After the failure of my last attempt to find a quality lightning cable, I mentioned I’d be reviewing these cables “in the next eight months”: Well, apparently I was bang on the money, because after using these cables every day for the better part of a year, I feel I’m ready to talk about why, whilst I’m not the biggest fan, I will be buying more of these!
I actually ordered these cables a few weeks before I started writing that review, the moment the Blitzwolf cables started showing signs of wear. Amazon tells me I ordered a 1ft cable for £6.49, and a 6ft cable for £7.99. The first foot is the expensive bit, apparently! The 1ft cable was destined for my pocket, to use along with my power bank, and the six-foot monster would end up by my bed for charging overnight.
Note: these are the original Anker Powerline, not the PowerLine+ or the new PowerLine II.
The cables arrived neatly packaged, along with some little hook-and-loop cable ties which I promptly managed to lose. I don’t particularly like velcro ties: They add bulk to one end of a cable and attract every hair within a two-mile radius, which is even more of a problem when you live with a dog!
As I mentioned in the last review, I have two main criteria for evaluating a lightning cable:
- Durability: A cable should be able to hit the six-to-eight month mark without any visible wear and tear.
- Power Delivery: Any cable I use should be capable of delivering the full 2.1A drawn by my iPhone 6S and iPad Air with no complaints.
On reciept I was very impressed with the “fit and finish” of these cables. They’re minimal and simple: No braids to fray, just a pair of quality connectors on a quality-feeling cable. I was, somewhat skeptical of Anker’s strain relief (foreshadowing!!), but I was nonetheless pleased with the cables I had bought. The longer cable was relatively thick (to help supply the full USB current with minimal losses over the distance required), whilst Anker used a thinner, more flexible cable for the shorter unit: I think I would have preferred the thicker cable for both, however I think making the shorter cable more flexible is a smart idea considering how much more abuse it’ll recieve.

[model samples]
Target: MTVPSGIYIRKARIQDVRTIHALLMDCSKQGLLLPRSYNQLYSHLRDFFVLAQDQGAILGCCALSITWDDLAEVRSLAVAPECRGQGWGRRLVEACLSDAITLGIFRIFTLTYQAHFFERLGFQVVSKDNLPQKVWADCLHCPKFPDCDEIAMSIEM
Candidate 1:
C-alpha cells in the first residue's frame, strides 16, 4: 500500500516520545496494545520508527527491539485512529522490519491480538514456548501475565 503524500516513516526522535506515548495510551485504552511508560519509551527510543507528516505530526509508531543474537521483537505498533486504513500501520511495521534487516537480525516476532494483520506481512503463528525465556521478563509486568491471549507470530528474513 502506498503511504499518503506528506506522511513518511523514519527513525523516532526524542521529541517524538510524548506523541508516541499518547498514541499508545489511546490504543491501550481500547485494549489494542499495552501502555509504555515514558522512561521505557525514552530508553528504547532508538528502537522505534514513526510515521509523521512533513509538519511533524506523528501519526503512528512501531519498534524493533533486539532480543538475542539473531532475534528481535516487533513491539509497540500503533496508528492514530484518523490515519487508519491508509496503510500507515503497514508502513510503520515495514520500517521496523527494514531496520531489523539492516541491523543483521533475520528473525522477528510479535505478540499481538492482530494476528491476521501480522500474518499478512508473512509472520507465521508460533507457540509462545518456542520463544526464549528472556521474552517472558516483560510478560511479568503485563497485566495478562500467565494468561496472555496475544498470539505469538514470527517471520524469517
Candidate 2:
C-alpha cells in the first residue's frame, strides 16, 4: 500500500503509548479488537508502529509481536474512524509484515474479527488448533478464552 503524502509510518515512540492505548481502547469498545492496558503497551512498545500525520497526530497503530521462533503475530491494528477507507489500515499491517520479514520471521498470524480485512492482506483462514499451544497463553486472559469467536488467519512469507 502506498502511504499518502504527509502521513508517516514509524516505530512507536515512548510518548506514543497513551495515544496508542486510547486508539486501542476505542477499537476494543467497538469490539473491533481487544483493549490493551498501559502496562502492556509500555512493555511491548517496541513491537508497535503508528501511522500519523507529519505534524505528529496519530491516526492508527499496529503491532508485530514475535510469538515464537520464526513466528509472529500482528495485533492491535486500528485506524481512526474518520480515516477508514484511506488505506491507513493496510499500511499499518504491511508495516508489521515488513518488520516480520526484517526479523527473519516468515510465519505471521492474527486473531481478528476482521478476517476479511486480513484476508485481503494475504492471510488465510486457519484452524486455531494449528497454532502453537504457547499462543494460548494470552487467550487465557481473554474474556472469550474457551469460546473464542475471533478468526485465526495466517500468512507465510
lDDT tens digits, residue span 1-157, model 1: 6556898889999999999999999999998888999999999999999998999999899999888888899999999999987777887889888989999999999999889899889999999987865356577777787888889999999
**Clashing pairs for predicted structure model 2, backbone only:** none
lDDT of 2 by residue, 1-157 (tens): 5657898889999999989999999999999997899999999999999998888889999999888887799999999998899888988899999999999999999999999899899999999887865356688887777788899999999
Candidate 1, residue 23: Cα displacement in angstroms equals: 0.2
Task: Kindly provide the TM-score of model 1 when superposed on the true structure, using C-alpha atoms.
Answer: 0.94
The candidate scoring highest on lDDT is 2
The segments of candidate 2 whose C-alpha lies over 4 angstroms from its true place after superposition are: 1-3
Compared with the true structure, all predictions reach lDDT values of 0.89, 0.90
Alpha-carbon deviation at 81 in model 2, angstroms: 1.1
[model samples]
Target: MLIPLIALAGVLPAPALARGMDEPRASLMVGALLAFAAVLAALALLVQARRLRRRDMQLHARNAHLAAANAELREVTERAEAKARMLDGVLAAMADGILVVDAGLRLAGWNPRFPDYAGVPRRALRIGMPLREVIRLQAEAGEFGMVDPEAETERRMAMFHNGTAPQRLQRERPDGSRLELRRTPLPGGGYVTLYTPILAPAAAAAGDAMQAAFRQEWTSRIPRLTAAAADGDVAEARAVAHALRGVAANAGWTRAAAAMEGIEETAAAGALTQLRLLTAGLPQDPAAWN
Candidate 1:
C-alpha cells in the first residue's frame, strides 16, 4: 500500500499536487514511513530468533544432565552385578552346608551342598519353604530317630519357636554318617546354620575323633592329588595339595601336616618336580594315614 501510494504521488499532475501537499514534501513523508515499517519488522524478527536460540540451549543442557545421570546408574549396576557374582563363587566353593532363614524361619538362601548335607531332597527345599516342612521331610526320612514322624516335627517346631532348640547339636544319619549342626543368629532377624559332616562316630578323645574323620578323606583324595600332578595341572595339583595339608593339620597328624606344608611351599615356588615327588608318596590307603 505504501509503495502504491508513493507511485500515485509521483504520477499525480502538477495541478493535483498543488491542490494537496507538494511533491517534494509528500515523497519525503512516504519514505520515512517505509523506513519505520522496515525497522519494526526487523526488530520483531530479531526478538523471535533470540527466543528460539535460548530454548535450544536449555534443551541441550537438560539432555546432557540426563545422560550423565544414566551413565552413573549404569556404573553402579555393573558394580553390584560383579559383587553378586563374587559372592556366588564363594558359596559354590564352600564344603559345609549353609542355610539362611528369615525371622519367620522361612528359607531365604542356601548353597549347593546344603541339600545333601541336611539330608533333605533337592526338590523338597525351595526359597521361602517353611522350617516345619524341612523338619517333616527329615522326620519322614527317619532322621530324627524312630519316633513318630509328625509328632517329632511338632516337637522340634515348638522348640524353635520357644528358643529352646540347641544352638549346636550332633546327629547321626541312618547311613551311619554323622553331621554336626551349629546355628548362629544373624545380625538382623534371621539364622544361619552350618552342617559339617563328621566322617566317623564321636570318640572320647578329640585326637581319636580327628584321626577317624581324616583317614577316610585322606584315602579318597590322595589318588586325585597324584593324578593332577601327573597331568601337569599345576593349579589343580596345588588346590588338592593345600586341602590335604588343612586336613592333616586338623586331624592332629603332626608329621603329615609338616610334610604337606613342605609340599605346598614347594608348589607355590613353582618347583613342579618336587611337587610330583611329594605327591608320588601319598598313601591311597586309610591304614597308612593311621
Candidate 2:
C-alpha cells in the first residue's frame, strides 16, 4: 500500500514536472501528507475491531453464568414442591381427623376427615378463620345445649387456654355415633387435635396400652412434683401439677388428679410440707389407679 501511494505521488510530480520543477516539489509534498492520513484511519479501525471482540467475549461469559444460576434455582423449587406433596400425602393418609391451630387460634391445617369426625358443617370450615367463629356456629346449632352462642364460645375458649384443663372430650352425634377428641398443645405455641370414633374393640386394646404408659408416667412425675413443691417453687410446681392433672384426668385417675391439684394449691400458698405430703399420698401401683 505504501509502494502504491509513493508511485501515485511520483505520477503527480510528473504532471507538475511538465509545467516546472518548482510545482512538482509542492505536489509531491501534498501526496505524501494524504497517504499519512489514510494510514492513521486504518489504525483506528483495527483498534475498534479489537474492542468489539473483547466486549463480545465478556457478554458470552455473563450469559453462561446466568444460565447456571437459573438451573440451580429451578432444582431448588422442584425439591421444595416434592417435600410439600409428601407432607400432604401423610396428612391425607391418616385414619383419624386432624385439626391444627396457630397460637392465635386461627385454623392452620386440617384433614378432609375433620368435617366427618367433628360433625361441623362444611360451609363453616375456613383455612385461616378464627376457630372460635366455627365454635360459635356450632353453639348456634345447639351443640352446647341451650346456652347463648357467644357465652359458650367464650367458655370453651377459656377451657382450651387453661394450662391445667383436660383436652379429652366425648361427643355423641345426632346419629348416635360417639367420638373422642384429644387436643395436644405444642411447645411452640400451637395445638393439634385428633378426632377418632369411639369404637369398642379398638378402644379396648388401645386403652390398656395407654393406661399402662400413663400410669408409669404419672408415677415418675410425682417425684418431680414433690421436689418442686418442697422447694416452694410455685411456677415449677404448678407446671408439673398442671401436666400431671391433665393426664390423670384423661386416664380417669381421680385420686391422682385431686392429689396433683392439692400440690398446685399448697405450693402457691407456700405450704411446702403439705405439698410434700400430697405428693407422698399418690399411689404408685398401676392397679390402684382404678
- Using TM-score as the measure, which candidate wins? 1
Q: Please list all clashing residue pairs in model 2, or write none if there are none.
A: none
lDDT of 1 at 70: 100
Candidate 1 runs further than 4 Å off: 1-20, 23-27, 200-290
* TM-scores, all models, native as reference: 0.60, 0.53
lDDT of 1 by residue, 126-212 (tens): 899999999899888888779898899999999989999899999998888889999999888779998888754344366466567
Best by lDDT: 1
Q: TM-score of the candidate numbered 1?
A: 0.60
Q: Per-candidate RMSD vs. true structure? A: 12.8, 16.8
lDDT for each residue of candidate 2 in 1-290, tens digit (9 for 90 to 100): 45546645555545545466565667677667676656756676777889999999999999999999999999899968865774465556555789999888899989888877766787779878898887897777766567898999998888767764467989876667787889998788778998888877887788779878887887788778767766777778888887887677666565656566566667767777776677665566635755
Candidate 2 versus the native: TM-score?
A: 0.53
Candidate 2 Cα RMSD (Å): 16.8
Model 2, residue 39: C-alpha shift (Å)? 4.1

Anker’s USB chargers are well-regarded by critics so it makes sense their cables should be up to snuff when it comes to delivering power. I hooked up both to an Apple 10W charger and an iPad Air 2 via a small USB current meter (made by UNI-T, available on Banggood - great little tool!) and discovered both devices could easily pull the full current - Not a surprise at all.
The tiny cable ended up being my favourite of the two: It’s been living in my pocket along with the little silver power bank (that I’ve still not gotten round to reviewing), and it’s kept my phone and iPad topped up.
Now, about that strain relief: About four months into owning these cables, I did notice the longer cable getting a little softer right where the cable entered the connectors. I’ve had these cables twice that time and they’re still going strong (touch wood!) but it certainly does diminish the premium feel of the things and it suggests that these cables may also have a “shelf life” - if/when they fail, I will certainly update this post. Anker seem to know this is a problem and the new Powerline 2 cables seem to have more robust strain relief - I’ll touch on this in a future post.
Whilst the weirdness around the device-side connector is concerning, the cables have survived being used day-to-day for eight months and I’d be absolutely comfortable buying more. They’re well-built, they feel nice, and the aesthetics are delightfully understated (although you can get them in some pretty bright colours these days). In fact, I did buy a few more not too long ago, along with one of Anker’s new 10ft Powerline 2 cables - Watch out for a mini-review of the latter sometime very soon!
Would I recommend you buy these cables? Yes.